I'm not sure what prompted me to make the decision to sell it and buy a riceburner, but somehow that entered the equation. Speed was certainly a factor- I do have an (almost) real job and being able to ride over 80kph (50mph) was becoming a necessity if I wanted to get anywhere for the weekend. The bike was almost finished (I thought) and I found a great deal on an Intruder. Several people had expressed interest in the bike from the time I started the build, and my bro Guy had cash on hand and a strange psychotic urge to leave the comfortable bounds of rationale and immerse himself in the shadowy world of Russian Iron. Leva changed hands. I vowed to complete the project for him: he chuckled demonically. A contract was signed in Rakia and the blood of 13 virgin wombats: the machine now officially owned my soul.


                    Single pedal shifter extension                                                      Headlight shell/ignition wiring

12v alternator mod

Unfortunately (you'll see me use that term often in this article) there was still no budget for parts, so everything had to be done with what I had on hand. We rebuilt the original K37s (STFU about K68s already) and had new cables sorted to fit the high rise bars. Drag pipes were drawn up and poorly bent by a shop in Varna that would be better off making spaghetti than running a tube bender, so wraps were in order and I got to play the parts game again searching for internal baffles that would fit.
The bike was originally fitted with a 6v Г-424 generator: brackets and fittings were made to accommodate a Soviet 12v alternator and solid state regulator. The new ignition switch is from a tractor and has a larger profile than the original, so more mods had to be made in the headlight shell to accommodate wiring. The reflector was replaced with a H4 bulb fitting and a modern control switch was wired in to add bar-end turn signals and the electrical switch for hi/low beam selection (the stock switch is cable operated). I fabricated a custom kickstand to fit the drag pipes.



This is where shit began to get interesting. Guy is not a small man; this is not a particularly large bike. Riding it in a stock position would have him banging his knees on his chin. Everything had to be extended. Fortunately I had an odd gearbox that had been fitted with a solo shifter rather than the familiar rocker lever, and extensions on that along with the rear brake lever allowed us to drop the foot pegs down enough for him to get a bit more legroom.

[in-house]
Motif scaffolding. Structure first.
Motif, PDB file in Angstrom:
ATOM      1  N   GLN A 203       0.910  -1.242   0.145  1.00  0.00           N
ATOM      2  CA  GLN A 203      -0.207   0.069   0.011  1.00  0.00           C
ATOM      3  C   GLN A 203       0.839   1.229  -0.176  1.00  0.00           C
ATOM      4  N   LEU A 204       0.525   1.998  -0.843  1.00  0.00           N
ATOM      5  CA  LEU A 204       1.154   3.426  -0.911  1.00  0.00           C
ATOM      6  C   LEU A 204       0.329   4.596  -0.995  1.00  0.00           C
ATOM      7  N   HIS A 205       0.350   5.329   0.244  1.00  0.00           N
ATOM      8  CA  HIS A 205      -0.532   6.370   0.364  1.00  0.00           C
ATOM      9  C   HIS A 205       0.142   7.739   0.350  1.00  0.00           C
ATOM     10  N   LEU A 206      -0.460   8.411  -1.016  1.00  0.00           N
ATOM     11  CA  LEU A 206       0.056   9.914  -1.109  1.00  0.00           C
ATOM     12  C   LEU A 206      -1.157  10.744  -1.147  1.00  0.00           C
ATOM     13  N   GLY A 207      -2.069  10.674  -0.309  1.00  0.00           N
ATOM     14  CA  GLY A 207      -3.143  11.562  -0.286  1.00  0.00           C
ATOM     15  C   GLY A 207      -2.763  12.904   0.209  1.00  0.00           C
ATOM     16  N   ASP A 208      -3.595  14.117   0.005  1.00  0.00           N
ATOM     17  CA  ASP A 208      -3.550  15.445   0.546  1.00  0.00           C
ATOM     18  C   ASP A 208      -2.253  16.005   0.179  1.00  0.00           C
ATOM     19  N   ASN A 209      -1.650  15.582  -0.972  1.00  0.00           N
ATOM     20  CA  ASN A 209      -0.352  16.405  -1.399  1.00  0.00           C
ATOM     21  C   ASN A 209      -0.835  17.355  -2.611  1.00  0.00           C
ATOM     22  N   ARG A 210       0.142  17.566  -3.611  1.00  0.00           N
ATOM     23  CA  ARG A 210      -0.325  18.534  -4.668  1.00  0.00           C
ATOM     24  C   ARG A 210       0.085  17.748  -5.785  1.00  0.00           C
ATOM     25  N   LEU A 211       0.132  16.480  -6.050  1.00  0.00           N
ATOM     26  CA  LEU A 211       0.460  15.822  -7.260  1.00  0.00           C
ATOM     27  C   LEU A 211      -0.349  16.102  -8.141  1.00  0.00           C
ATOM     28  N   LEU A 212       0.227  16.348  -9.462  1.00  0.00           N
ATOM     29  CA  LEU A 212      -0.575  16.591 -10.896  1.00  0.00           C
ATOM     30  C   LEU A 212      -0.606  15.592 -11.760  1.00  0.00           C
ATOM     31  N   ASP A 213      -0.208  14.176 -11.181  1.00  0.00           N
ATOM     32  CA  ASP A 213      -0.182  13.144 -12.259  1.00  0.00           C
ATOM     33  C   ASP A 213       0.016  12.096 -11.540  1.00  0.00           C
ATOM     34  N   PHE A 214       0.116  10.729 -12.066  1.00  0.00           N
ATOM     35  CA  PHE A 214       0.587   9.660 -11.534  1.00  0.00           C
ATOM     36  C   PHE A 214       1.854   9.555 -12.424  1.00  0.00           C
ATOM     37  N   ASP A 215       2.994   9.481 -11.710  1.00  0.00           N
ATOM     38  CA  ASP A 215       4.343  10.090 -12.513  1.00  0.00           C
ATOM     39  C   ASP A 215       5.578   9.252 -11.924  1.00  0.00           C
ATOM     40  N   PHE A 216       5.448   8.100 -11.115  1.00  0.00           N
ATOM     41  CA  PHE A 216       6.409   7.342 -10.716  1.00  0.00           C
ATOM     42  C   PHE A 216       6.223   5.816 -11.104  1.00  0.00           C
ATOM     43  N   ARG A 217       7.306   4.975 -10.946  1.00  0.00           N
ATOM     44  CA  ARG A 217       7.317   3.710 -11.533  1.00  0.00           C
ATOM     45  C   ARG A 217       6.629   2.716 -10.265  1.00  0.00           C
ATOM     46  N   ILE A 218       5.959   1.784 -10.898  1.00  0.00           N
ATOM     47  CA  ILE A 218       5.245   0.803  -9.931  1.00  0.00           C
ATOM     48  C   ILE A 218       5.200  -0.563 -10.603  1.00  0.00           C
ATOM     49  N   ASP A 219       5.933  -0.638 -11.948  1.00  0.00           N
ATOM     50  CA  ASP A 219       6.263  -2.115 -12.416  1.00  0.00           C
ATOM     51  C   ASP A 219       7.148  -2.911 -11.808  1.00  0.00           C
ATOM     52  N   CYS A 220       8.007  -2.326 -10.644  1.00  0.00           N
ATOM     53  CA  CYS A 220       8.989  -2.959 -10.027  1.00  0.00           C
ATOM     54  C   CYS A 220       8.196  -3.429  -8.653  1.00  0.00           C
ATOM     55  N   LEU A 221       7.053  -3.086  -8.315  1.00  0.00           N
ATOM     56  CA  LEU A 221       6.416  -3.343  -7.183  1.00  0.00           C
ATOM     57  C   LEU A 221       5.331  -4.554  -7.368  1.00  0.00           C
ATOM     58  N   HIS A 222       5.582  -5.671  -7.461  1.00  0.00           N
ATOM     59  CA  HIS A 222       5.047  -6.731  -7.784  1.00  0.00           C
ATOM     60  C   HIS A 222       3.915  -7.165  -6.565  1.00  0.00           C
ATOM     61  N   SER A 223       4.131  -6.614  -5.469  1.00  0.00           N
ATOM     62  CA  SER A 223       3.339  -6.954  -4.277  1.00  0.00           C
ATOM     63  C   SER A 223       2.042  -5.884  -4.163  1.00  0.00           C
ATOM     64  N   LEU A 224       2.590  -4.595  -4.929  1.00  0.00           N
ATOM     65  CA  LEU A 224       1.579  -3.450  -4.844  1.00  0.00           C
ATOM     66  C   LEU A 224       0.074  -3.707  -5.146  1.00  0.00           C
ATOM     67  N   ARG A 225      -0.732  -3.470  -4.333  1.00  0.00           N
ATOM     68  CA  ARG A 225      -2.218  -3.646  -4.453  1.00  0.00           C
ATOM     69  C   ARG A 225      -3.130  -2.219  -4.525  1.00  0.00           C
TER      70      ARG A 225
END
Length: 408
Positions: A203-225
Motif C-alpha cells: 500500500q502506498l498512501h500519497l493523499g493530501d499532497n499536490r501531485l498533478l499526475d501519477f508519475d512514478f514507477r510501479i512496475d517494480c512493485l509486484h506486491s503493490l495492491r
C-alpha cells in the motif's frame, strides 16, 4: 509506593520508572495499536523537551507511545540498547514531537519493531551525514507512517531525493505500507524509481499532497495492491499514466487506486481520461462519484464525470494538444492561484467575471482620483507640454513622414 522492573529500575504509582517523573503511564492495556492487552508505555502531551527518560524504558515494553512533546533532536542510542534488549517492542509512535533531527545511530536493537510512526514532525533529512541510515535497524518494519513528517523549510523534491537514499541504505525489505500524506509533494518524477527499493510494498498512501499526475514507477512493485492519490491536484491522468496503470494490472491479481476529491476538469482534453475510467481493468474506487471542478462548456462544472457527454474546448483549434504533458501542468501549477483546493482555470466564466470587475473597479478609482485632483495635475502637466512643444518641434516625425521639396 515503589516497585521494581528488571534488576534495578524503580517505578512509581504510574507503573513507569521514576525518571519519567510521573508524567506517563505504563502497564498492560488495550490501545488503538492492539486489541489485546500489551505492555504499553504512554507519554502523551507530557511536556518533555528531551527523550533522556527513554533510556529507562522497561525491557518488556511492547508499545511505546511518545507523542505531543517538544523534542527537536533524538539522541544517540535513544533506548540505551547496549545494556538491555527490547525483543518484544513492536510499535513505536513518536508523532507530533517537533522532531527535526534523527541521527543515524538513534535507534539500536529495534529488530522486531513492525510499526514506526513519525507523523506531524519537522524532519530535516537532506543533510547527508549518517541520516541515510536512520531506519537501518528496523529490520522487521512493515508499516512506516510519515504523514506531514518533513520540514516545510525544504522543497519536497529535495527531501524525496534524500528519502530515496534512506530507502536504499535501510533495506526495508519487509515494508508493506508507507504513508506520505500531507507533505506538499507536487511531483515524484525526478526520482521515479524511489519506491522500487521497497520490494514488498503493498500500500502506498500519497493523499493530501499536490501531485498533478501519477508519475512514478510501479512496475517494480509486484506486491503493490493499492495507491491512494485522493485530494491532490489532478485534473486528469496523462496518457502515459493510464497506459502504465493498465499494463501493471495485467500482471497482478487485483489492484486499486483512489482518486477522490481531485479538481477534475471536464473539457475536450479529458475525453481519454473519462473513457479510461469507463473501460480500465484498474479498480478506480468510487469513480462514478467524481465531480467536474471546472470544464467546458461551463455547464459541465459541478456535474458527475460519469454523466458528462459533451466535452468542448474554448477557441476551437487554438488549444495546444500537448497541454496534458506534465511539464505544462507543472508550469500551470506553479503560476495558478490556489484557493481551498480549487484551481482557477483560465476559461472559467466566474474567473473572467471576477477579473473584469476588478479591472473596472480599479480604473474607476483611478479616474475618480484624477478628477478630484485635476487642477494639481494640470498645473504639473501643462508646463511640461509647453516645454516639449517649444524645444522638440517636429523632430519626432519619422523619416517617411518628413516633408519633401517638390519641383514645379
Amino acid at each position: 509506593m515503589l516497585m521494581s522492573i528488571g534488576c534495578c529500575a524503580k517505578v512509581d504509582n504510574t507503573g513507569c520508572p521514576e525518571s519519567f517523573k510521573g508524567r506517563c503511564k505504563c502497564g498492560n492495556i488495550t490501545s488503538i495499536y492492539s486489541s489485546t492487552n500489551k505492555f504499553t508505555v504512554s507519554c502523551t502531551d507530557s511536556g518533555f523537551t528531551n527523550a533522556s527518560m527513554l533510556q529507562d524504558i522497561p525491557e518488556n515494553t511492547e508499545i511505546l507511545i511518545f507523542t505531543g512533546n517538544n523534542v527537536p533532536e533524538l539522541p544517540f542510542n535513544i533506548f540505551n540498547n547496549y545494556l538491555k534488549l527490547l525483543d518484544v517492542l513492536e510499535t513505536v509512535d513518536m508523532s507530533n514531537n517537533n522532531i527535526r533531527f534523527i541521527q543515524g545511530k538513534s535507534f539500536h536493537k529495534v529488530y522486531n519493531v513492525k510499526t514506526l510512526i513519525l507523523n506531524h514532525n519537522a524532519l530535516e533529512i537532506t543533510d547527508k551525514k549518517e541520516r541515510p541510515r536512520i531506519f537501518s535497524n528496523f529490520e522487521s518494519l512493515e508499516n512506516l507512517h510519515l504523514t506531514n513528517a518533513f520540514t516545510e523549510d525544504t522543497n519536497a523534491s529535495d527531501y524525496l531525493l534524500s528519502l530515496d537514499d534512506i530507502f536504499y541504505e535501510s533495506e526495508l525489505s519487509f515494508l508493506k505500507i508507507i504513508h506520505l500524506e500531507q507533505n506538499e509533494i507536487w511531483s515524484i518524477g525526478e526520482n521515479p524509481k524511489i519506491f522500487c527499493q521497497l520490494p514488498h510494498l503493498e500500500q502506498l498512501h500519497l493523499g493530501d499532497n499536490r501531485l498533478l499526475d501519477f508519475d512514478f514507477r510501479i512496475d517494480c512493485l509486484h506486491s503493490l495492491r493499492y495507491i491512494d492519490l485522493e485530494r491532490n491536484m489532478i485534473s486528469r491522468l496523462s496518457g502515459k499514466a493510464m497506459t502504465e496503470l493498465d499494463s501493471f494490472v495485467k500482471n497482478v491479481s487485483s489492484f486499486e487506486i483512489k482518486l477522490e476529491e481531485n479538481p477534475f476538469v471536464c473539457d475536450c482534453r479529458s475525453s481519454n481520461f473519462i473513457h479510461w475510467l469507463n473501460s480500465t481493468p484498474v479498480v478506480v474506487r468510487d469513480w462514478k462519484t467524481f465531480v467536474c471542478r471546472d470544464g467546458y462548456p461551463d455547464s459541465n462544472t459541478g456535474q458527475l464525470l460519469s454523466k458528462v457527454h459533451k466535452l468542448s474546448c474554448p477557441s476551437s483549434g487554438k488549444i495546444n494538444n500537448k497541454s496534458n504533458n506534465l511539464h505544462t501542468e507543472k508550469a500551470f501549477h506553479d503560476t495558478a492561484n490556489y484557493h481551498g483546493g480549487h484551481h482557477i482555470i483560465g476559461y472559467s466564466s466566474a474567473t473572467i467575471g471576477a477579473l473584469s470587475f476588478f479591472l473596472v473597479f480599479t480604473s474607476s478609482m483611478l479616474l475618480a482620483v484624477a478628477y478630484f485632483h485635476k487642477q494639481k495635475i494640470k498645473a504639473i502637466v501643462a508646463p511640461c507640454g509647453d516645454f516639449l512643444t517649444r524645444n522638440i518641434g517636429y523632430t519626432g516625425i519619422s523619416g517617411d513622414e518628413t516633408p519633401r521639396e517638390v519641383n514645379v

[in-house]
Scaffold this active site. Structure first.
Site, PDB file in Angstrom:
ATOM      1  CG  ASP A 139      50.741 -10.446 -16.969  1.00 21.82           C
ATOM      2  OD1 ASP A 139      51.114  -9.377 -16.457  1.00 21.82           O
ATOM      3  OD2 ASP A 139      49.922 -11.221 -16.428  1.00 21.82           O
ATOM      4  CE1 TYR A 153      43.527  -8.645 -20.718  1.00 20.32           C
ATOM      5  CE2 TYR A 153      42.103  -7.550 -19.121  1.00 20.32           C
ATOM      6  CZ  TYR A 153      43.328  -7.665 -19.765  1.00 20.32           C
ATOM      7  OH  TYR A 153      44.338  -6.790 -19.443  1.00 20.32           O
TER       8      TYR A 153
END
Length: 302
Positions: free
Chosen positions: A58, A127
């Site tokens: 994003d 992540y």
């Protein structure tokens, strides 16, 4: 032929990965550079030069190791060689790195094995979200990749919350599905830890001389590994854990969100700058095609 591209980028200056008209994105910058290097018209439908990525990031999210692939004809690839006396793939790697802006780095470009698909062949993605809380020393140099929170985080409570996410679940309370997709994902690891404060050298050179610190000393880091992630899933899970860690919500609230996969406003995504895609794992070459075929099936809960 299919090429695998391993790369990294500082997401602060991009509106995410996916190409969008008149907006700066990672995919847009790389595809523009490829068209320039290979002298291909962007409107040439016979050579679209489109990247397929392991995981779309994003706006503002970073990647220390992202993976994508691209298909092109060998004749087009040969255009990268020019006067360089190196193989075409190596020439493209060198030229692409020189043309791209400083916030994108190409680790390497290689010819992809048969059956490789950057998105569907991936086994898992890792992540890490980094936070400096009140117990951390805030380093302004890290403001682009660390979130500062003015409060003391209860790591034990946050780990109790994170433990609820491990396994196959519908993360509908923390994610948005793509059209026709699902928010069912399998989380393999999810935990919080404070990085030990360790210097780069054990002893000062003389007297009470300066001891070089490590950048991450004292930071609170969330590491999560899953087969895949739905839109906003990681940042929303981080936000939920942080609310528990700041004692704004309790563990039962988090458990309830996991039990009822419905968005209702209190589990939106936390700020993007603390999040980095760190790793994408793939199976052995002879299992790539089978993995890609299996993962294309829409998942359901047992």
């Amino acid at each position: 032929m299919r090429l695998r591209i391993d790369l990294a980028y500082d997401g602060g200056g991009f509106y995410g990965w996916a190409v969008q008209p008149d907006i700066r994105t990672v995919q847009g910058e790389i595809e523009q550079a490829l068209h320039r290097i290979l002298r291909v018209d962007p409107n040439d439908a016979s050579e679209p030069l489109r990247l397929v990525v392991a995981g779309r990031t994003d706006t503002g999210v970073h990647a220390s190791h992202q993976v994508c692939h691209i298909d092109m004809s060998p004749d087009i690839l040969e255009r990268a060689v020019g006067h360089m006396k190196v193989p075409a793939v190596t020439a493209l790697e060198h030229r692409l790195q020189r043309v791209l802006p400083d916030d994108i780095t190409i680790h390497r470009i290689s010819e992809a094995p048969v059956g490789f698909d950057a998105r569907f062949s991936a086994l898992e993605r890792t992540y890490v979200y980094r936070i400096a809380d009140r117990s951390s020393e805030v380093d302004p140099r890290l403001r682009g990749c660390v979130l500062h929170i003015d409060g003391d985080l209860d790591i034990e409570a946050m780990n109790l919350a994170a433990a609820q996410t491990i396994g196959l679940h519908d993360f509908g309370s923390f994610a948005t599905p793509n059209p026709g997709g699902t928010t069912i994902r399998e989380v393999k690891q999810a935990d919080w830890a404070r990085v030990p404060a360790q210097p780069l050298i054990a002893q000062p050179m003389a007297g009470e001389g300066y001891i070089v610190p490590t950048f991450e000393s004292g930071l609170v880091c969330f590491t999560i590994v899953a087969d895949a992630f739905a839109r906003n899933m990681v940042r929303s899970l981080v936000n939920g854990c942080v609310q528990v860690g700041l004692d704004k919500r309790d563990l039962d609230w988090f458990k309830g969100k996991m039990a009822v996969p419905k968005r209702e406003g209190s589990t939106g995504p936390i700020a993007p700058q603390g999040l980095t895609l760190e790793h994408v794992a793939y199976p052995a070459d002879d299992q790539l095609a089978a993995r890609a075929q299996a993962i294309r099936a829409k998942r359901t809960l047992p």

Rewiring



Guy also took over the paint plan of course, hydro-dipping everything himself. My "any color is ok for a bike as long as it's black" philosophy did not stand a fucking chance and despite fighting tooth and nail I finally had to face facts and succumb to his Timothy Leary inspired graphic interpretations of Easyrider. The first attempts failed miserably, but in the end he came through with something that, I have to admit, isn't completely horrible.


It isn't a shiny $30,000.00 "American Chopper" and it was never meant to be. It's a solid old Russian that starts on the first kick and tells you two blocks away that something is coming. It wasn't a restoration job, it was produced on a miniscule budget and the spit-and-polish shit has never been my style. It is what he wants, hopefully: not quite a rat but definitely not a bling machine. It's still a Frankenbike.
So without pulling any makeup out, here's the final results...




 

 














The Grease Monkey

The Brother

The Bitch



Model: Sylvia Rosat
For more information on the original Ural M61 see Irbit and Kiev: The Ural and Dnepr Motorcycles

6 comments:

  1. And pretty damn well it turned out too.

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  2. You rock Charlie!!!! Awesome build!!!

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  3. Loving it! This is what "custom" or "chopping" is really all about. Heart, soul and personality.
    Great job!

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  4. Barny the Bearded LEG-endSeptember 16, 2013 at 9:36 PM

    Nice one Bro,could do with a 'rake' to sit nice,but as long as the Dude is happy,what the hell...Now on the look out for old rusky tin,here in BG,for 'happy days' tinkering through the Winter nights..Barny the bearded LEG- end.

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  5. Ну и где у бабы сиськи-то бля??? Сиськи где, я вас спрашиваю!!!

    ReplyDelete